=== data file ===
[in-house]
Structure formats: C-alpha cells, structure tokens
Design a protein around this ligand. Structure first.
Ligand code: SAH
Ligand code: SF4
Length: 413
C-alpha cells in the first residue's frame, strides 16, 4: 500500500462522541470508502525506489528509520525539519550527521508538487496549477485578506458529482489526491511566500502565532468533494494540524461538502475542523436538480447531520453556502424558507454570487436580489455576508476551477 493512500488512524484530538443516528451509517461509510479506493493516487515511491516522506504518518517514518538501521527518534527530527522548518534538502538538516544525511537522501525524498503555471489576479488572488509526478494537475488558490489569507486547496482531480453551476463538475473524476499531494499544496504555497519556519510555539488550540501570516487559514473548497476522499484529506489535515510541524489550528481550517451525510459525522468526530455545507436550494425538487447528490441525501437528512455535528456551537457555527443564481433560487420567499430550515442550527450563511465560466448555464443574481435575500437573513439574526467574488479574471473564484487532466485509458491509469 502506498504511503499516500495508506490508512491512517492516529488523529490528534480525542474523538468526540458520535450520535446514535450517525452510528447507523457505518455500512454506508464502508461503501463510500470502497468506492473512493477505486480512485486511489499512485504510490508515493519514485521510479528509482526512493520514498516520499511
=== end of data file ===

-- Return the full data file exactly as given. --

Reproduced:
[in-house]
Structure formats: C-alpha cells, structure tokens
Design a protein around this ligand. Structure first.
Ligand code: SAH
Ligand code: SF4
Length: 413
C-alpha cells in the first residue's frame, strides 16, 4: 500500500462522541470508502525506489528509520525539519550527521508538487496549477485578506458529482489526491511566500502565532468533494494540524461538502475542523436538480447531520453556502424558507454570487436580489455576508476551477 493512500488512524484530538443516528451509517461509510479506493493516487515511491516522506504518518517514518538501521527518534527530527522548518534538502538538516544525511537522501525524498503555471489576479488572488509526478494537475488558490489569507486547496482531480453551476463538475473524476499531494499544496504555497519556519510555539488550540501570516487559514473548497476522499484529506489535515510541524489550528481550517451525510459525522468526530455545507436550494425538487447528490441525501437528512455535528456551537457555527443564481433560487420567499430550515442550527450563511465560466448555464443574481435575500437573513439574526467574488479574471473564484487532466485509458491509469 502506498504511503499516500495508506490508512491512517492516529488523529490528534480525542474523538468526540458520535450520535446514535450517525452510528447507523457505518455500512454506508464502508461503501463510500470502497468506492473512493477505486480512485486511489499512485504510490508515493519514485521510479528509482526512493520514498516520499511